Wednesday April 15, 2015

First human head transplant attempt faces harsh criticism

Russian computer scientist Valery Spiridinov is terminally ill, suffering from a degenerative muscle disease and confined to a wheel chair. He has volunteered to be a patient for the first ever head transplant.

Russian computer scientist Valery Spiridinov is terminally ill, suffering from a degenerative muscle disease and confined to a wheel chair. He has volunteered to be a patient for the first ever head transplant. (Russia Today/RUPTLY)

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"This technology is similar to the first man to walk in space. This is because in the future it will help thousands of people, who are in an even more deplorable state than I am. We hope this technology will lead to success." - Valery Spiridinov. Russian computer scientist & volunteer for head transplant

Though the quest Valery Spiridinov hopes to go on may sound like the stuff of science fiction.

Mr. Spiridnov is terminally ill, suffering from a degenerative muscle disease and must use a wheel chair. What's giving him hope is the promise of  a head transplant. And he believes the technology is there... to remove the head from his ailing body, and connect it to a healthy, donor body.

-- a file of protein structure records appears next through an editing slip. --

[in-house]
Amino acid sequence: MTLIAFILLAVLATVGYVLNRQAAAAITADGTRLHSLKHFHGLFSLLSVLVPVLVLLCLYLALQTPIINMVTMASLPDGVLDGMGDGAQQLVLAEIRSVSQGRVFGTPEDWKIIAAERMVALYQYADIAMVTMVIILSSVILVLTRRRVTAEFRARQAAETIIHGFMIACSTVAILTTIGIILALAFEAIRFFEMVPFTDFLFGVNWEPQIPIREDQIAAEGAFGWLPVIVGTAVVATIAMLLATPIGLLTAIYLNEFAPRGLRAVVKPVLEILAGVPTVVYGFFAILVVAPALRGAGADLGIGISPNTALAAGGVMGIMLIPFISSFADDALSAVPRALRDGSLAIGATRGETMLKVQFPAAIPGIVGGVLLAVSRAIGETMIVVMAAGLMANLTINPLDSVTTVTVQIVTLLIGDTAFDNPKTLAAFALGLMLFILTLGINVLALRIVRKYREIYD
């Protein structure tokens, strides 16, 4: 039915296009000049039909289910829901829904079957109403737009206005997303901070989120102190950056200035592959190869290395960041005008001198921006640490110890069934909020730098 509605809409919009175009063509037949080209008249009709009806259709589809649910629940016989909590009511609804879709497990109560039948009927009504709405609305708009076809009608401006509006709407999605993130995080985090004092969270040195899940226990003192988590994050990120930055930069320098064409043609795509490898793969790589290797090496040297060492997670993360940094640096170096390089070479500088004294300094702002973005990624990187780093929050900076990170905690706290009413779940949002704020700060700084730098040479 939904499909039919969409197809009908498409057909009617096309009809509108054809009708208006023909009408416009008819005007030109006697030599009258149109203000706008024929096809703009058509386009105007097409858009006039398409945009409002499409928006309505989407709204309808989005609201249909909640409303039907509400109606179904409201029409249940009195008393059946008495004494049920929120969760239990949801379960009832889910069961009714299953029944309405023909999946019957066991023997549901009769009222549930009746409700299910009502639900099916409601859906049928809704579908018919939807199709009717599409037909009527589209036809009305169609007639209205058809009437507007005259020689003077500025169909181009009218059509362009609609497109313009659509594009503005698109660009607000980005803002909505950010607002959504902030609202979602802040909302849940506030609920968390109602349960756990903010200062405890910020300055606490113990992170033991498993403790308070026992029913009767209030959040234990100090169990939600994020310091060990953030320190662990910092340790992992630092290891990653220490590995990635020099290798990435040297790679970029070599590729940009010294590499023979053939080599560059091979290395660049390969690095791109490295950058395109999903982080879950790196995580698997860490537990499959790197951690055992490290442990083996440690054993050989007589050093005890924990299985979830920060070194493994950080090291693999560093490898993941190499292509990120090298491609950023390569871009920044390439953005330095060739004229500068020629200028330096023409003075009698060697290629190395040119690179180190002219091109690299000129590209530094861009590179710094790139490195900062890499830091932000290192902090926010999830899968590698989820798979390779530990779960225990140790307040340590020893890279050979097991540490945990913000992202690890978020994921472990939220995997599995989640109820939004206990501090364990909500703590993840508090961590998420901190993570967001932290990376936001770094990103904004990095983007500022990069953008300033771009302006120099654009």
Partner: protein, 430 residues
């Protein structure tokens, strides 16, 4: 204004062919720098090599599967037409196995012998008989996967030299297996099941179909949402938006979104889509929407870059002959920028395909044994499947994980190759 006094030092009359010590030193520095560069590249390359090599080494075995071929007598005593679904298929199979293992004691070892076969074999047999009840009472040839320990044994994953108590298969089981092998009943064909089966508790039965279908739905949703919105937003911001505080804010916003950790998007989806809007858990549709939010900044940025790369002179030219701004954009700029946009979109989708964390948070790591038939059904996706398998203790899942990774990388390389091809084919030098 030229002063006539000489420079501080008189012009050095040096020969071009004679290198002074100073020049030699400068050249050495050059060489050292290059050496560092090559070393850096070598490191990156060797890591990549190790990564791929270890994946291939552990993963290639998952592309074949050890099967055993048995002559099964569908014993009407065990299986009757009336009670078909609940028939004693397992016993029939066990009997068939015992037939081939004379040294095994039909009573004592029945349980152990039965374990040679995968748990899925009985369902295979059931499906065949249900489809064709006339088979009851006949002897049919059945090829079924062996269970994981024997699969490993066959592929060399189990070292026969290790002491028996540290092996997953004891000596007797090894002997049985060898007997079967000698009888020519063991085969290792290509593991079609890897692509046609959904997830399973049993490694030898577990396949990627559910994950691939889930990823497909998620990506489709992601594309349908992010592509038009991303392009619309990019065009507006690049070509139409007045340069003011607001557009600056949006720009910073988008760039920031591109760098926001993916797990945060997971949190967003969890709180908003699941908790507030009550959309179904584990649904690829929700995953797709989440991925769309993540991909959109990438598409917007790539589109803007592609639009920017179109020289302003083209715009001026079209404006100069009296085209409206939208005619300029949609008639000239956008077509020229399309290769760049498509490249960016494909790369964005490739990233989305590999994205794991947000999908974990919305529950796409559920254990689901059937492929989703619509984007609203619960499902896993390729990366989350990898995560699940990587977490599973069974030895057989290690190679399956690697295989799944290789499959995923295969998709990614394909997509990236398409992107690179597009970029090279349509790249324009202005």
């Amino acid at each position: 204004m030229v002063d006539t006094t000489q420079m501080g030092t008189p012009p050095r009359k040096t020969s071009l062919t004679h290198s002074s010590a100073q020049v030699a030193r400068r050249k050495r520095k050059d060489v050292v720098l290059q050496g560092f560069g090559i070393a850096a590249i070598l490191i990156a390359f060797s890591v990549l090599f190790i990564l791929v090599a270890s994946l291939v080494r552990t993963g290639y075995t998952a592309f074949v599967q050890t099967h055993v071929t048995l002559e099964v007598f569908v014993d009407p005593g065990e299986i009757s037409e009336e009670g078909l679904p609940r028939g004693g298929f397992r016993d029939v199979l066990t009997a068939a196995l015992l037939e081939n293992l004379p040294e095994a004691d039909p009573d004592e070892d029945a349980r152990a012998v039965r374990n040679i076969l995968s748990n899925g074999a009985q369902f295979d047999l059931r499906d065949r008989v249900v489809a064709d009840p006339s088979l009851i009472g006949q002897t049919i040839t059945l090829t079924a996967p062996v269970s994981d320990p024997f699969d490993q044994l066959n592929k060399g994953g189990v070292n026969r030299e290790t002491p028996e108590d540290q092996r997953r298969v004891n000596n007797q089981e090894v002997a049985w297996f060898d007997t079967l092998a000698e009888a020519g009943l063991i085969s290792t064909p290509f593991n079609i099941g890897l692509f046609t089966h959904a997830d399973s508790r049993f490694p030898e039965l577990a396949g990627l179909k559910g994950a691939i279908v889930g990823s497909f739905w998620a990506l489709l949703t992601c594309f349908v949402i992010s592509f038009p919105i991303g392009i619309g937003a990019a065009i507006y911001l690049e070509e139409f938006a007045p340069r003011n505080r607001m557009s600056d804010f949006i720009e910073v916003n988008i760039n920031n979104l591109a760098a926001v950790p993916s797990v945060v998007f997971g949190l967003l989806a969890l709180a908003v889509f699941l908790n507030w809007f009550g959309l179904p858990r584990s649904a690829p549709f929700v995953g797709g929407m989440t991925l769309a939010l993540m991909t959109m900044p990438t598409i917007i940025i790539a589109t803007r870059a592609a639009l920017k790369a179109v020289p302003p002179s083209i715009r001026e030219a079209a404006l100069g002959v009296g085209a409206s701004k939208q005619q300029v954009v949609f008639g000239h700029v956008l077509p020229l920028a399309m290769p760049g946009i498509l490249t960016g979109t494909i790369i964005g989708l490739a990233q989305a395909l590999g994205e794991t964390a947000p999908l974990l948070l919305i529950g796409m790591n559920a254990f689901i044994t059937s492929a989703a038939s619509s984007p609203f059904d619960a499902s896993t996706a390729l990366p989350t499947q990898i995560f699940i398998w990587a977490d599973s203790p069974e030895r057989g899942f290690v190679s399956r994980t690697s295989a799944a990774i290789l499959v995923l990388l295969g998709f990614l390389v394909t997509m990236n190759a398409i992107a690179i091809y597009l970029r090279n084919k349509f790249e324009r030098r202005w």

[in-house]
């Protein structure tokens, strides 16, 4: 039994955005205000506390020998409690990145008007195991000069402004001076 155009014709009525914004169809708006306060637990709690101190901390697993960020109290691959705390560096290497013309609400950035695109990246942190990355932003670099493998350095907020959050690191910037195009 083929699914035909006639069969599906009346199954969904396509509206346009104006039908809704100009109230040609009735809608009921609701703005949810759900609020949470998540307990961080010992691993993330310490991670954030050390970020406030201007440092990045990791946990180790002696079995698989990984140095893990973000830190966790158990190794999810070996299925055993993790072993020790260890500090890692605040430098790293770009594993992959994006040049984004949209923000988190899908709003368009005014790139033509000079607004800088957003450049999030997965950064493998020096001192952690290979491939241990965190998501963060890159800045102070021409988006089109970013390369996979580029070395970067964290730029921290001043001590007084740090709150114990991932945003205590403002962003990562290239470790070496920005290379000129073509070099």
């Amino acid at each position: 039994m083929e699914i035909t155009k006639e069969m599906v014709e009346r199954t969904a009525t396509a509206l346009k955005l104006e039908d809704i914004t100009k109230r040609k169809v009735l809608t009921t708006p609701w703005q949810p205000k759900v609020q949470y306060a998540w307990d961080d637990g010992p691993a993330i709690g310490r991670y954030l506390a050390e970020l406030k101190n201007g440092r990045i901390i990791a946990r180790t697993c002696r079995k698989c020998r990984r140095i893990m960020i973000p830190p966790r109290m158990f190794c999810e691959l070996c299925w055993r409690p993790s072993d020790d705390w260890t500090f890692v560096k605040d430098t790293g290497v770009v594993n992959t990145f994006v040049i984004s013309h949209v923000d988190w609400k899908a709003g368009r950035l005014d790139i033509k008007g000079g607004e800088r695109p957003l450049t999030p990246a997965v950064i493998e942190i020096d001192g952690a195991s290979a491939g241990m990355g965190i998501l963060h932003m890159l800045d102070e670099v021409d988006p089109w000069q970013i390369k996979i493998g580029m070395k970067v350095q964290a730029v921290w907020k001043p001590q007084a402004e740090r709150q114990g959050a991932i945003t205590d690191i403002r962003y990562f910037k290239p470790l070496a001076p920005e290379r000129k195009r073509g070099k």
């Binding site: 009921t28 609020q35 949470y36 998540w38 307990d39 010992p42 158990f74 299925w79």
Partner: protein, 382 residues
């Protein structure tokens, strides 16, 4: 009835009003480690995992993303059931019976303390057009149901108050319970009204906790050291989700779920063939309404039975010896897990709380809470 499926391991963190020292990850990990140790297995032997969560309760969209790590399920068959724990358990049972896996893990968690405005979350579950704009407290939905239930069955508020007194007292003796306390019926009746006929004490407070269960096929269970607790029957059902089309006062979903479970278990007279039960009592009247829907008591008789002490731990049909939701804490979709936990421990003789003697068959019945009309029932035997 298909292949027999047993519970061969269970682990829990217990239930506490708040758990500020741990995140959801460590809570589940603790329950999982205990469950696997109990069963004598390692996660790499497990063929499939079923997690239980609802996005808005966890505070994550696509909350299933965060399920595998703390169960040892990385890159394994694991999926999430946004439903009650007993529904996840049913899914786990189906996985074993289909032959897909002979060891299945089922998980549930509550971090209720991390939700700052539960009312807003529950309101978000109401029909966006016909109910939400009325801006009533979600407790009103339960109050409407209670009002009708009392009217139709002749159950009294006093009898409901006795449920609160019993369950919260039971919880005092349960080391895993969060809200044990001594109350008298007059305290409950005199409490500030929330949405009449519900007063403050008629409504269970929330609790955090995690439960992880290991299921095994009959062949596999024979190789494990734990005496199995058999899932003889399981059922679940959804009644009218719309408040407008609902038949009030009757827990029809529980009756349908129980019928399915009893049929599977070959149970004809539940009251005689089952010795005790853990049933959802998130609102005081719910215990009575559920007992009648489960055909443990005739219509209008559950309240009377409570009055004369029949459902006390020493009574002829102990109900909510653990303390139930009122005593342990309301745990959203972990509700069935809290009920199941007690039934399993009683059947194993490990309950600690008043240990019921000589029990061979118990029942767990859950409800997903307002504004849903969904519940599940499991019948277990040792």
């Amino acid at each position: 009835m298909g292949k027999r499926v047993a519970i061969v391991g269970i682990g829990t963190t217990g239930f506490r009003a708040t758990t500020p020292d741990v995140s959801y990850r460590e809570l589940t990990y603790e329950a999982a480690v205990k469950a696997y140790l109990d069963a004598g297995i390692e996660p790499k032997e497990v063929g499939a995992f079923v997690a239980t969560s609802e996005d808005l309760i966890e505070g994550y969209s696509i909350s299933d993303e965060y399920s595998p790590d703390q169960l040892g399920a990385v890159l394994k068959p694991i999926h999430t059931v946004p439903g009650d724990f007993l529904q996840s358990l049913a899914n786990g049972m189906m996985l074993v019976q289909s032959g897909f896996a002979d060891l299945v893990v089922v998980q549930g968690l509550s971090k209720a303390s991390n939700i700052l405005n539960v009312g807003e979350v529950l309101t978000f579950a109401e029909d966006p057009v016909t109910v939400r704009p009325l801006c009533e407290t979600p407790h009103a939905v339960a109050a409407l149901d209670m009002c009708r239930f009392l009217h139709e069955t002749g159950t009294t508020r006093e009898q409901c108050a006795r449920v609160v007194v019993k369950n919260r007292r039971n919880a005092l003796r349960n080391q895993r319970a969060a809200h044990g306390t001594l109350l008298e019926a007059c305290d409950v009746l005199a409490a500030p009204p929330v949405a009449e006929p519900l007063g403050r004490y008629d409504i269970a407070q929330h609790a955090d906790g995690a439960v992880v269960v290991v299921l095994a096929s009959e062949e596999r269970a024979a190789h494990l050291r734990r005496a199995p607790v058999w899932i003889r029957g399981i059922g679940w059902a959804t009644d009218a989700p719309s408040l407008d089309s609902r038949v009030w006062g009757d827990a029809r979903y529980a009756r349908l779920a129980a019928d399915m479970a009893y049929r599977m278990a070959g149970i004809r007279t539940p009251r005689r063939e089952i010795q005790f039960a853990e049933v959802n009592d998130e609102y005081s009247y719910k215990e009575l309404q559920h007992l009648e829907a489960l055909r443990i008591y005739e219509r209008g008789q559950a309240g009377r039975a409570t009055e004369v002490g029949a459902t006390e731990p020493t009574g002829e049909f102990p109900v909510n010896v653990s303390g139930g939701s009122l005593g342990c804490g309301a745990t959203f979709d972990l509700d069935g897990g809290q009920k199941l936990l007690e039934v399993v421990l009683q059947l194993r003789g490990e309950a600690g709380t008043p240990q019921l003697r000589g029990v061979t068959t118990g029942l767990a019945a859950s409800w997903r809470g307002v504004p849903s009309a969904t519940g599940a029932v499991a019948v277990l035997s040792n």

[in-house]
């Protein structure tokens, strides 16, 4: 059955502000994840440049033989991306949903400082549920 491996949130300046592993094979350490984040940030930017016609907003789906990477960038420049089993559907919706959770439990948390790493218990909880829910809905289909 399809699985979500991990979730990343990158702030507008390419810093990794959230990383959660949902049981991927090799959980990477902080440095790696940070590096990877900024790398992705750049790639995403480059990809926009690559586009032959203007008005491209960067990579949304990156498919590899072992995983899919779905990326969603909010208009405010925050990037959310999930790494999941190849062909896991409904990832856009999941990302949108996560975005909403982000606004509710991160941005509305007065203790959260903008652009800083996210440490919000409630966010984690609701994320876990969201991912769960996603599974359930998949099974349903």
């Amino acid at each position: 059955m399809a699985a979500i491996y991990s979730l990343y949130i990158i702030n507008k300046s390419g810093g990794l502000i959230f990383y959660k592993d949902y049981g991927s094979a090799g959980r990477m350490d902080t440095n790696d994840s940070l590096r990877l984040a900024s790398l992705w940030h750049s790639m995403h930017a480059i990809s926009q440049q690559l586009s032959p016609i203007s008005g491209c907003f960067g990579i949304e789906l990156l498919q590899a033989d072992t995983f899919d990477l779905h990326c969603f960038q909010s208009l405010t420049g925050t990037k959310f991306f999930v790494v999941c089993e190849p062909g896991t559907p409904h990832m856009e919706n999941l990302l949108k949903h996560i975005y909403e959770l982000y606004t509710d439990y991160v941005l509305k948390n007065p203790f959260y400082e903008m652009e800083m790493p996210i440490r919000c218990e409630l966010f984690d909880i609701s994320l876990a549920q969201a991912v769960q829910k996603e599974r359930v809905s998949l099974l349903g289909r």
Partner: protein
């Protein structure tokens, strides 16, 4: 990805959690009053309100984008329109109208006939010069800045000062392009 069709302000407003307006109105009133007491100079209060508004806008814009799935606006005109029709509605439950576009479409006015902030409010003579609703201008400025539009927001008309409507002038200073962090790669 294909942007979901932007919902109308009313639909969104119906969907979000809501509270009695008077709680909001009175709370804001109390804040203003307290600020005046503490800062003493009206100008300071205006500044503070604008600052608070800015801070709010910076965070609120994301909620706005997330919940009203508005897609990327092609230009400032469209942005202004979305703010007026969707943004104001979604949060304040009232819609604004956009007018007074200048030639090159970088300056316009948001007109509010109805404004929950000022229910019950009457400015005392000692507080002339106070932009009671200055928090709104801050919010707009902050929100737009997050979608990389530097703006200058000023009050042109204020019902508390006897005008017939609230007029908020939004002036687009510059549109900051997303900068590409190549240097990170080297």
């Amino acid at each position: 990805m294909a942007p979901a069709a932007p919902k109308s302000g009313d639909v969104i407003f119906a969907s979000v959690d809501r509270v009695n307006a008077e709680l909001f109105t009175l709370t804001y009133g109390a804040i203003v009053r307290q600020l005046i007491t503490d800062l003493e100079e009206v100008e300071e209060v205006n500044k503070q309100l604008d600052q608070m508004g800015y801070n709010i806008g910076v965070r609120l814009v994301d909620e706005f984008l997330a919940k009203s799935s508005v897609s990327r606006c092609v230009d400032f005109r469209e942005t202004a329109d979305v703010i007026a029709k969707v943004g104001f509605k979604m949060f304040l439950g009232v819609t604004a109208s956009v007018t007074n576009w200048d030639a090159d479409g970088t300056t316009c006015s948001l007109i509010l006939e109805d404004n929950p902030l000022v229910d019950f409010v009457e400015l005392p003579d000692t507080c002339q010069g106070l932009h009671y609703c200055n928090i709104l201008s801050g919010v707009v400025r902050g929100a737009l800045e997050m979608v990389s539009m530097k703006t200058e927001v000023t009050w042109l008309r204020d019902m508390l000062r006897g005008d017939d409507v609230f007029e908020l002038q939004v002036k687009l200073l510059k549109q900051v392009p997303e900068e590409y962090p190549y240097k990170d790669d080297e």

The doctor who believes he can do it is Dr. Sergio Canavero. He joined us from Turin, Italy.

Transplanting a human head sounds ambitious... even revolutionary, but it does sound like something we should seek a second medical opinion on.

Dr. James Downar is a Critical Care and Palliative Care Physician at the University Health Network in Toronto. 

As mind-boggling as the idea of a head transplant may be today, not that long ago the same could have been said about a heart transplant... or even a liver transplant.

Dr. David Hamilton is a retired transplant surgeon, as well as a medical historian. And he's the author of "The History of Organ Transplantation: Ancient Legends to Modern Practice Dr. David Hamilton was in St. Andrews, Scotland.
 

Transplantation 600 pix

What do you think? Does the idea of a head transplant strike you as a hopeful innovation or is it going too far?

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This segment was produced by The Current's Lara O'Brien and Sarah Grant.